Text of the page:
The United States has come under criticism this week after Afghan officials said dozens of civilians died as a result of an air raid conducted by American forces Monday. Secretary of State Hillary Rodham Clinton said Wednesday the Obama administration "deeply, deeply" regrets the loss of innocent life.
The top U.S. commander in Afghanistan, however, that the military has come to "distinctly different conclusions" about how the civilians died, though he declined to offer specifics.
The president's comment came after he hosted what he called an "extraordinarily productive" White House meeting with the presidents of Afghanistan and Pakistan, two neighboring nations where crucial U.S. security concerns are at stake.
Mr. Obama and his foreign policy and national security team met with Afghan President Hamid Karzai and Pakistan's President Asif Ali Zardari separately in the Oval Office and then together in the Cabinet Room.
Afterward, Mr. Obama pledged a sustained and lasting commitment to support democratically elected sovereign governments in both countries.
"We meet today as three sovereign nations joined by a common goal: to disrupt, dismantle, and defeat Al Qaida and its extremist allies in Pakistan and Afghanistan and to prevent their ability to operate in either country in the future," the president said following the meetings. "And to achieve that goal, we must deny them the space to threaten the Pakistani, Afghan, or American people."
In a notable showing of support for both men, Mr. Obama said Karzai and Zardari both "fully appreciate the seriousness of the threats that we face" from extremists and are committed to confronting it.
Retired Marine Corps Gen. James Jones, the president's national security adviser, said following the meeting that Mr. Obama told Karzai about the U.S. regrets concerning civilian casualties with "great sympathy." He said Karzai was moved by the statement of condolences.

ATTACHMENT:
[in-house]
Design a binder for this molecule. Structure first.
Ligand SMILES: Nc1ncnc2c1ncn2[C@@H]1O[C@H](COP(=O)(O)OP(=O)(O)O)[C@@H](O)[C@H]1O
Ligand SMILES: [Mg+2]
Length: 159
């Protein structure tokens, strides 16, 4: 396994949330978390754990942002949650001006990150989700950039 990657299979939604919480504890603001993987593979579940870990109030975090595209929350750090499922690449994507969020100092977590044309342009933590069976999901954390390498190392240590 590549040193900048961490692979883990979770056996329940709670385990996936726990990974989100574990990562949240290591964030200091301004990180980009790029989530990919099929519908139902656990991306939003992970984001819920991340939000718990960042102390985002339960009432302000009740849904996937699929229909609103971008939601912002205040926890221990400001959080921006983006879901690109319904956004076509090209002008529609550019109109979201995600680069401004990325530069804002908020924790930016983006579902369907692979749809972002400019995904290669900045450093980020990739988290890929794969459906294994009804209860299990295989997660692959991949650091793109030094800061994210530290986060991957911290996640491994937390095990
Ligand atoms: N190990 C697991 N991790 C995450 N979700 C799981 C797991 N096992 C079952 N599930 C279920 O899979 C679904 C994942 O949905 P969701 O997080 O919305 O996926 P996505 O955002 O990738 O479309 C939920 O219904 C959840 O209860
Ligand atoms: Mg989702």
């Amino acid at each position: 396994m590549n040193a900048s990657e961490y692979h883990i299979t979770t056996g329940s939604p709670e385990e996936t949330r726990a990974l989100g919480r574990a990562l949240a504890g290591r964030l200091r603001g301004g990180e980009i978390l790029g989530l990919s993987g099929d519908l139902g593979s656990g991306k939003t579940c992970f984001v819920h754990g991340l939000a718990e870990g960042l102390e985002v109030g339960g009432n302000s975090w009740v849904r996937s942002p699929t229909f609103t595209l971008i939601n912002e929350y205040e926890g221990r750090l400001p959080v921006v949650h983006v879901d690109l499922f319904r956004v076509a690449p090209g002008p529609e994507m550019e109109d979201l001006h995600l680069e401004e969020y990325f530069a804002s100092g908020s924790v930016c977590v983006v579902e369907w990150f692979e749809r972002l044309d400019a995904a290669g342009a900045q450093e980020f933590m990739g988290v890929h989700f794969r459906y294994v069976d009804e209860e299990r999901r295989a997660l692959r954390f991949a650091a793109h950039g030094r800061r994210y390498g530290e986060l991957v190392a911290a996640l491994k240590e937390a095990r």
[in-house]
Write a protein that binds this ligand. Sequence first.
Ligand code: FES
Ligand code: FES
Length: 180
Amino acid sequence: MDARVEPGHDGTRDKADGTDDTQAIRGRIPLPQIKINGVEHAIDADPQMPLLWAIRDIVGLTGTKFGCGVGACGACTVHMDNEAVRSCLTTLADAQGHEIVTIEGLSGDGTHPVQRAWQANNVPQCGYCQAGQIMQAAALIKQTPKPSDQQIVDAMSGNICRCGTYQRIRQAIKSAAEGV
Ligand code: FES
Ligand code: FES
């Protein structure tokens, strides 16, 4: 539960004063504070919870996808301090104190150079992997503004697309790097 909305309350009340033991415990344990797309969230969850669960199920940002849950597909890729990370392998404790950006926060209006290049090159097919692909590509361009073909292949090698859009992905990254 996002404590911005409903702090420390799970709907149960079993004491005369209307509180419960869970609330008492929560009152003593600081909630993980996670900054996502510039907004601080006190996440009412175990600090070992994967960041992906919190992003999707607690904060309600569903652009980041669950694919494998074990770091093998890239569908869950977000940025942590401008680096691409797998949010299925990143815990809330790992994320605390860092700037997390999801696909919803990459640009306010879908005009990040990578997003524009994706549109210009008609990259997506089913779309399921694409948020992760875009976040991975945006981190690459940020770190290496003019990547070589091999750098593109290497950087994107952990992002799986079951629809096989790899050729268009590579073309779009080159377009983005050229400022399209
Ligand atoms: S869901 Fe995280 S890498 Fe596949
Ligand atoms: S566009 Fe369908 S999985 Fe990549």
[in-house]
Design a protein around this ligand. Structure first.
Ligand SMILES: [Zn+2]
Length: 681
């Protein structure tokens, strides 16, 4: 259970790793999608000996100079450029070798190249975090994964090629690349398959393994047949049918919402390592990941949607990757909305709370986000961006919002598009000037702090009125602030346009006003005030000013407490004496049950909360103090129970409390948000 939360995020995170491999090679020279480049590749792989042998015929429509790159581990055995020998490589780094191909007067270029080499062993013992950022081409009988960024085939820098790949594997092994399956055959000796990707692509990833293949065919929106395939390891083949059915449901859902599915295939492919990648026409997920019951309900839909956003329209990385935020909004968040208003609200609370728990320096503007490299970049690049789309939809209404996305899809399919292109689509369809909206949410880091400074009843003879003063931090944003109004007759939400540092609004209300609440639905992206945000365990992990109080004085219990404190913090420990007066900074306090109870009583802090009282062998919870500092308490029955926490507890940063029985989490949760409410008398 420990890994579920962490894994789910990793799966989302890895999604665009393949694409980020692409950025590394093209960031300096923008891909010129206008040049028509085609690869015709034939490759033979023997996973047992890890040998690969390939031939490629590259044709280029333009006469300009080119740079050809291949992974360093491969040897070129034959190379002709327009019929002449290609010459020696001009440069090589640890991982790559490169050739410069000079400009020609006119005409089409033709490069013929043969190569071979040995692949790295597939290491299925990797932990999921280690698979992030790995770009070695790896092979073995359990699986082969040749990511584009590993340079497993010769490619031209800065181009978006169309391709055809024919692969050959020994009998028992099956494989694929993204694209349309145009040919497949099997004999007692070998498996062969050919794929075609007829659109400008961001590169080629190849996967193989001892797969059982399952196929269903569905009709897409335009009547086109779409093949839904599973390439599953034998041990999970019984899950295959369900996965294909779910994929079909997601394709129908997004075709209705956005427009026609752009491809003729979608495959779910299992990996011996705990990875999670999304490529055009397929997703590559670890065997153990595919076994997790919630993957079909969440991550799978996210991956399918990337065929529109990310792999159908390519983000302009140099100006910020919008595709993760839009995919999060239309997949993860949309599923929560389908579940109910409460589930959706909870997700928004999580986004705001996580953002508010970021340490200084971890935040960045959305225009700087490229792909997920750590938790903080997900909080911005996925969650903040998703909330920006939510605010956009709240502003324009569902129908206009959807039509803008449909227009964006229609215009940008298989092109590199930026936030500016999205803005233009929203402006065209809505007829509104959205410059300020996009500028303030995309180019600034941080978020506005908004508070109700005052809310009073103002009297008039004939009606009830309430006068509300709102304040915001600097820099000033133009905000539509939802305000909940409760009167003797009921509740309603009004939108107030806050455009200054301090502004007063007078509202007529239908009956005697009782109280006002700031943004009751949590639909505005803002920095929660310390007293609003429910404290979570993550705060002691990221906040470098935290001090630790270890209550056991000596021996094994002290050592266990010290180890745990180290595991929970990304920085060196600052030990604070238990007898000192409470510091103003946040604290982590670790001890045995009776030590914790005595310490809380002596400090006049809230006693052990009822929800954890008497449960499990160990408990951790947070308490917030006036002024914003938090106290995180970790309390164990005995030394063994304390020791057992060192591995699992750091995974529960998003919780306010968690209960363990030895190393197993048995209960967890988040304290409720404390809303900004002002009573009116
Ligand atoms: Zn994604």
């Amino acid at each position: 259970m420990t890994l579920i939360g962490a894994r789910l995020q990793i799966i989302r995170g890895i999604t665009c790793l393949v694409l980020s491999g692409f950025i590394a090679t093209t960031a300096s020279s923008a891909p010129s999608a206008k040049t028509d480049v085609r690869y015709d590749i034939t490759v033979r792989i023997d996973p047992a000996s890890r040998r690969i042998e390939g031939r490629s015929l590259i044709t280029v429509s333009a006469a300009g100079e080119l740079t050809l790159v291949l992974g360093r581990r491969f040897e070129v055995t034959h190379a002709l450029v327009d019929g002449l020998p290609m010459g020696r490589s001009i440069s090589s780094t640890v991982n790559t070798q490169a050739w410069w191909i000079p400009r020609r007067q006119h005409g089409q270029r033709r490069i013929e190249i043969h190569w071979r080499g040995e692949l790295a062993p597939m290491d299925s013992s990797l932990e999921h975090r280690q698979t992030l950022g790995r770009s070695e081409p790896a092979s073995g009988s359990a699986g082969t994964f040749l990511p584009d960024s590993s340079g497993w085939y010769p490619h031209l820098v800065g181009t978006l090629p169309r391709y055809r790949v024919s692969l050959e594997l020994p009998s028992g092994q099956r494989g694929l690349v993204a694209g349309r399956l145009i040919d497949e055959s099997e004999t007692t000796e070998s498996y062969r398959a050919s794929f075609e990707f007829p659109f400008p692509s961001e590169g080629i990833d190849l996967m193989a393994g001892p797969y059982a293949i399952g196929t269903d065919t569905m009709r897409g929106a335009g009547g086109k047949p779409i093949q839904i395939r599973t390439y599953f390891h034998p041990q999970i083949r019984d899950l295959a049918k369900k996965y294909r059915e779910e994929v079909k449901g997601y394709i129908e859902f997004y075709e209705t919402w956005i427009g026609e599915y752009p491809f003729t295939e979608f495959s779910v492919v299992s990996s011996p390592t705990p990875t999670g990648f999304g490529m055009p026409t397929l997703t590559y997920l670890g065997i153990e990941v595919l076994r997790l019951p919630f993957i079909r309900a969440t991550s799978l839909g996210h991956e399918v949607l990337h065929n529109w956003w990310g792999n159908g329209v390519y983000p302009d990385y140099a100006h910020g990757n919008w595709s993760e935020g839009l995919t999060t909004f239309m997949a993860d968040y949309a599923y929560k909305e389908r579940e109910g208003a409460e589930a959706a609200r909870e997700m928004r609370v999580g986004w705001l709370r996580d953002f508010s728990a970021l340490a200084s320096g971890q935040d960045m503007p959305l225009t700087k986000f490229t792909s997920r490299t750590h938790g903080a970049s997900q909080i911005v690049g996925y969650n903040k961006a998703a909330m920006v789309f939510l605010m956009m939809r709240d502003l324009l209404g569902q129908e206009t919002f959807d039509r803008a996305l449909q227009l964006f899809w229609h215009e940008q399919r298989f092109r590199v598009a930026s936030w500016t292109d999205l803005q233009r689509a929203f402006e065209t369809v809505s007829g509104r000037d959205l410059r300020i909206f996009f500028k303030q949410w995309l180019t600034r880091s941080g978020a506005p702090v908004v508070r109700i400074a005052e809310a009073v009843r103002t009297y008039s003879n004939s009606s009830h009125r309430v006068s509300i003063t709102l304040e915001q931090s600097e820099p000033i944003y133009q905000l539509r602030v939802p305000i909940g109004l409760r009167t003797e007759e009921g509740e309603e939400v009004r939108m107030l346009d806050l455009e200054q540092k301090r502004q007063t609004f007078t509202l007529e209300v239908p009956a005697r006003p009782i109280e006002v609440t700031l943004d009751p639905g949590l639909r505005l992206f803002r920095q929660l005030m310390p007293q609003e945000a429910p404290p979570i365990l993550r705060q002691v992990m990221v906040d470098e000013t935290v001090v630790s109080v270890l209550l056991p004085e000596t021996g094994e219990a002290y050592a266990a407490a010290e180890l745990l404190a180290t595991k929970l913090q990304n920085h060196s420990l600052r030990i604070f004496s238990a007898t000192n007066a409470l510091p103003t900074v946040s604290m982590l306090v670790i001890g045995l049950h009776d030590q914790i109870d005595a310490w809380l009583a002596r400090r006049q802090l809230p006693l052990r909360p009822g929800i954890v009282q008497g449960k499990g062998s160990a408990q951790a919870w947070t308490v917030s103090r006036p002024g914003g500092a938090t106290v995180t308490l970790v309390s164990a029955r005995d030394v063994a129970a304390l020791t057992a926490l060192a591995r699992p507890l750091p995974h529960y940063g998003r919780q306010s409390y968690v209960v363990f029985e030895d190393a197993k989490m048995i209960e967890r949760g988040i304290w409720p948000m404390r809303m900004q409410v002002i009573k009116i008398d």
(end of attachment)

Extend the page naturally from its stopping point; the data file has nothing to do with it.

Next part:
Jones said the United States will try to determine what happened in Monday's bombing and seek to ensure that it doesn't occur again.
Earlier, Pakistan attacked Taliban militants with helicopter gunships and mortar rounds in a northwestern region as residents hunkered down in their homes ahead of an expected offensive in the extremist stronghold, witnesses and officials said.
The army action in the Swat Valley was expected to please Washington, which has been urging Pakistan to crack down on militants blamed for rising violence at home and in Afghanistan. But it was unclear whether the stretched military planned the kind of sustained operation likely needed to defeat the insurgents.
The president is pressing Zardari to stand up to the threat of a wider war by Taliban and al Qaeda forces inside Pakistan. He's also seeking broader cooperation between Zardari and Karzai, who blames the Taliban's resurgence in his country on its havens across the border.
The U.S. needs Zardari to rein in the militants and guarantee his nation's nuclear weapons are , CBS News chief foreign affairs correspondent Lara Logan reports.
But the U.S. is dealing with a weak president in a country more accustomed to military dictatorships.
Since fighting broke out Tuesday in Pakistan, thousands of men, women and children have fled the region's town of Mingora and surrounding districts, fearing an imminent major military operation. The government said it believes refugees could reach 500,000.
"It is an all-out war there. Rockets are landing everywhere," said Laiq Zada, a 33-year old who fled the valley late Tuesday and was now in government run tent camp out of the danger zone. "We have with us the clothes on our bodies and a hope in the house of God. Nothing else."
The clashes followed the collapse of a 3-month-old truce in Swat that was widely criticized in the West as a surrender to the militants, who had fought the army to a standstill in two years of clashes that saw hundreds of civilian casualties.